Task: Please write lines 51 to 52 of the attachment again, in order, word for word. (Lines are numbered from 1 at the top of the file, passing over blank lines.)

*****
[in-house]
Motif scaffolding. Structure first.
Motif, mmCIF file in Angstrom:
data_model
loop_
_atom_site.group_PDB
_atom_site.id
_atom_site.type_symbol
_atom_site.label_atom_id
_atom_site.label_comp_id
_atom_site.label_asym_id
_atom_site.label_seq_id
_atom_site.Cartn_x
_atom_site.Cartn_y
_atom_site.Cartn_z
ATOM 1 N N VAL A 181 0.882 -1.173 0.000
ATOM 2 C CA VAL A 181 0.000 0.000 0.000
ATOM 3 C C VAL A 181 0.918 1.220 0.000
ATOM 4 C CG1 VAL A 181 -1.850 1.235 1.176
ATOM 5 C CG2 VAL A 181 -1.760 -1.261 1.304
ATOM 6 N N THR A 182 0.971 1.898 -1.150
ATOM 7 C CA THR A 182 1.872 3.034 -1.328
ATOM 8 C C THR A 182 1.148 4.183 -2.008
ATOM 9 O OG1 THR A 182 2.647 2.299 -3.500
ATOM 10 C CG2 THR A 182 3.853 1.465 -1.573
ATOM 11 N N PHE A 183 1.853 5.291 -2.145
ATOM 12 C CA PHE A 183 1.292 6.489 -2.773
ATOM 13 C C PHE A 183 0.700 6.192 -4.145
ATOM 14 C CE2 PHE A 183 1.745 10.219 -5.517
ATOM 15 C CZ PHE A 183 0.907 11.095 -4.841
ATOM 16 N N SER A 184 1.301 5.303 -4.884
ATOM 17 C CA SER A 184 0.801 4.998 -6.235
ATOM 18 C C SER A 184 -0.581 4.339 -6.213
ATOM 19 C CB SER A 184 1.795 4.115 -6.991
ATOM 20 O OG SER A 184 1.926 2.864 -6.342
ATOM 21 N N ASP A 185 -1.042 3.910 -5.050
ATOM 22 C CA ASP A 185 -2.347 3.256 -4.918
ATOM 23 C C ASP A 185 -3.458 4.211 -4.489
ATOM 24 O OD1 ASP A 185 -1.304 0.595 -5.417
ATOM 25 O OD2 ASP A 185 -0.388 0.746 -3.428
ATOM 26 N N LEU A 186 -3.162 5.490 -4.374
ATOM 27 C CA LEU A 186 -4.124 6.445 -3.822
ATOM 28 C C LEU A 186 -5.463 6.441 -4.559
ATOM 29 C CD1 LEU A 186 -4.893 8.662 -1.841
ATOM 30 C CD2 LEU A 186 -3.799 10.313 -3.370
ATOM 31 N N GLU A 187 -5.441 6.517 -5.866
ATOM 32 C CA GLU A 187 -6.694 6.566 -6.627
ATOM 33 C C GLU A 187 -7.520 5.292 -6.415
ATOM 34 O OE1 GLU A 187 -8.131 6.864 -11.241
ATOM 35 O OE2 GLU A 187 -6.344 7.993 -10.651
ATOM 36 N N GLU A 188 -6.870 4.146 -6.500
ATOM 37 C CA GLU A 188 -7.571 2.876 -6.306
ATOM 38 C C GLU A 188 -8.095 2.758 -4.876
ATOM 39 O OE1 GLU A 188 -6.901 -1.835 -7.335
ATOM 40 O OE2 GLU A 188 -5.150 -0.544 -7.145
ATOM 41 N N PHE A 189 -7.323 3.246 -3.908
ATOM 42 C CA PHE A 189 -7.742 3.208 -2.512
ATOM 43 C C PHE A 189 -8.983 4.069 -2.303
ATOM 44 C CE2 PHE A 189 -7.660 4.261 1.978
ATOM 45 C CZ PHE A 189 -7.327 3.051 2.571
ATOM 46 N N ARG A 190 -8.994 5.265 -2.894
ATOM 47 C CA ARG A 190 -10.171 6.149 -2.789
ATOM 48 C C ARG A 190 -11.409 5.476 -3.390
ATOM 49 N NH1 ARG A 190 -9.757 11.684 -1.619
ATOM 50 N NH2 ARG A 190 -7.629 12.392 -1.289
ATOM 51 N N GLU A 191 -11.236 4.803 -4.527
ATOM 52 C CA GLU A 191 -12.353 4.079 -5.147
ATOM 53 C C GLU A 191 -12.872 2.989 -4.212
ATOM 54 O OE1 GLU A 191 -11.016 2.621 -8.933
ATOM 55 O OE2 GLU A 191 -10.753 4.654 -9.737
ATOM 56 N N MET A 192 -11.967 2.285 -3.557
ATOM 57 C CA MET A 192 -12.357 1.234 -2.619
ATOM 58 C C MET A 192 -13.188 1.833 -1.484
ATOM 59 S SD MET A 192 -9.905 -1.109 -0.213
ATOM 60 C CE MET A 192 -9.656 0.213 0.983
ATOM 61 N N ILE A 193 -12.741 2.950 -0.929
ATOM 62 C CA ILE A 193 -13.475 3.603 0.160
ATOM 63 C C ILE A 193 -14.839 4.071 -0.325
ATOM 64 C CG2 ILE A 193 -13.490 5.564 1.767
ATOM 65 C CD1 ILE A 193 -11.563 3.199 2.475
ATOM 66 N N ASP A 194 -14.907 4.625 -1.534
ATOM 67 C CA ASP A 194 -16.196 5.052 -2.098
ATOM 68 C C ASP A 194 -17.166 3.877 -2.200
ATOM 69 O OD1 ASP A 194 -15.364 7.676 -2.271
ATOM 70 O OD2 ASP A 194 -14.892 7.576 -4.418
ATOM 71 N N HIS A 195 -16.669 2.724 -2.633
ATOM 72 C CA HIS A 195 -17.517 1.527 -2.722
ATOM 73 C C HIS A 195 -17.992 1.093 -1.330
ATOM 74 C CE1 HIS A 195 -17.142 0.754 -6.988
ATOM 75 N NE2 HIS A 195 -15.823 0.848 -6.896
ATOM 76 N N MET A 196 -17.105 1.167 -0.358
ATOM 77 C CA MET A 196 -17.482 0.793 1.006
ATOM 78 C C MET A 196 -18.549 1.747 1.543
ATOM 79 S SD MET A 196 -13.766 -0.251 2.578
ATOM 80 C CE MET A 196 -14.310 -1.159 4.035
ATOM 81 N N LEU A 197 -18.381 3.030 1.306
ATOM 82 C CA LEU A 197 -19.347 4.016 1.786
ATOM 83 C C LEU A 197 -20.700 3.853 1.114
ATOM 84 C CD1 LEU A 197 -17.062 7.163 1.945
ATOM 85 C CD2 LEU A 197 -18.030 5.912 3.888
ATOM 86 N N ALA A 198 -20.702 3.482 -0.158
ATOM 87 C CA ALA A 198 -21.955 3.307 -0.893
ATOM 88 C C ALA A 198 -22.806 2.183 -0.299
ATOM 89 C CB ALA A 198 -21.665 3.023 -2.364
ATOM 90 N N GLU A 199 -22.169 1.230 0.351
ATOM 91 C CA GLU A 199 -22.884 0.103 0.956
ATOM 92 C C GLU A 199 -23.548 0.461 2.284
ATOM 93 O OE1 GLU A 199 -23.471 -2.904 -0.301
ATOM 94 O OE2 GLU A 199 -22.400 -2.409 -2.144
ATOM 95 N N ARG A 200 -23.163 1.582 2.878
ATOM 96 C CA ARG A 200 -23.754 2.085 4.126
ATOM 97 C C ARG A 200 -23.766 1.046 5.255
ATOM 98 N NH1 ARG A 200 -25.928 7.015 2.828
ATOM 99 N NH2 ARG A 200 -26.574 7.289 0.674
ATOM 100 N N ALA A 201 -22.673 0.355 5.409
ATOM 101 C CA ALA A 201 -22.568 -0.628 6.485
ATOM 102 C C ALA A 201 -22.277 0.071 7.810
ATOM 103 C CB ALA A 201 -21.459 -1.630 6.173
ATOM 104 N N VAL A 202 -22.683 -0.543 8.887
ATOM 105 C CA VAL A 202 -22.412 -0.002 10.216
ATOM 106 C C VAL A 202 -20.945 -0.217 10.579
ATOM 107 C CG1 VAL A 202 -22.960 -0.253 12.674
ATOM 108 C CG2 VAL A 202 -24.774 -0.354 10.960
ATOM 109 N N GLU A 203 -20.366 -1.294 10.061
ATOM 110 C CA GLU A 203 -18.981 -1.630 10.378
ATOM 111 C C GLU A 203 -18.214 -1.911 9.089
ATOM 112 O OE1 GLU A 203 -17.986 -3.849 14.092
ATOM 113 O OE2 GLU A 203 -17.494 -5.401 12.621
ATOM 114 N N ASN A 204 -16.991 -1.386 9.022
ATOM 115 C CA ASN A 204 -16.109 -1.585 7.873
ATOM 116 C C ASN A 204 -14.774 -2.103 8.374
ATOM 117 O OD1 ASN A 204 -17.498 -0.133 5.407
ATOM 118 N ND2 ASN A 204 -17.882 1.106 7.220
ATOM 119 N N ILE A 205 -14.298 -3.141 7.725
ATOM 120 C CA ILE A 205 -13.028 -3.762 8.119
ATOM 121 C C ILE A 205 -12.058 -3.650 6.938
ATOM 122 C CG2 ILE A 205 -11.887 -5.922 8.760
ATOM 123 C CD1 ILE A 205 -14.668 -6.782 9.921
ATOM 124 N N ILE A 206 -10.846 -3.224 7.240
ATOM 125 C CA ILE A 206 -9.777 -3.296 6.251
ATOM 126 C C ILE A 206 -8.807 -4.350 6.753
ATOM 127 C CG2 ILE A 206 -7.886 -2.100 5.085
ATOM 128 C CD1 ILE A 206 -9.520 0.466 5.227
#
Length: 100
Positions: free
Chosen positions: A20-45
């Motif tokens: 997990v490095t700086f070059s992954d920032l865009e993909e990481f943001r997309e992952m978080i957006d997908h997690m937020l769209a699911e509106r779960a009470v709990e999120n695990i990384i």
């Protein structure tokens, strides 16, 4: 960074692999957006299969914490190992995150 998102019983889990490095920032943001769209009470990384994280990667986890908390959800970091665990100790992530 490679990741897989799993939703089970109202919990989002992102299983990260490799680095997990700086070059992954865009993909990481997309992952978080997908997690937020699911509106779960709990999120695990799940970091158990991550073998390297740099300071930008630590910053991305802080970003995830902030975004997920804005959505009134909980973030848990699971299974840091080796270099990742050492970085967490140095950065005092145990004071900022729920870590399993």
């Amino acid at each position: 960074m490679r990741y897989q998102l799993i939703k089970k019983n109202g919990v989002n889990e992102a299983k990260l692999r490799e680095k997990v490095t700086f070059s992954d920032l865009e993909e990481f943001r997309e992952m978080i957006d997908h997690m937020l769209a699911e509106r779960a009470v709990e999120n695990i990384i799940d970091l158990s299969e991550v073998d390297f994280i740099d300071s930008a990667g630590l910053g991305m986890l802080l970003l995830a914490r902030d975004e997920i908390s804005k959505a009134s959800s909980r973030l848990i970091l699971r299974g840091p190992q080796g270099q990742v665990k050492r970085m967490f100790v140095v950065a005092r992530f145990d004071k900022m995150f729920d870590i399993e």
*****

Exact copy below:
ATOM 36 N N GLU A 188 -6.870 4.146 -6.500
ATOM 37 C CA GLU A 188 -7.571 2.876 -6.306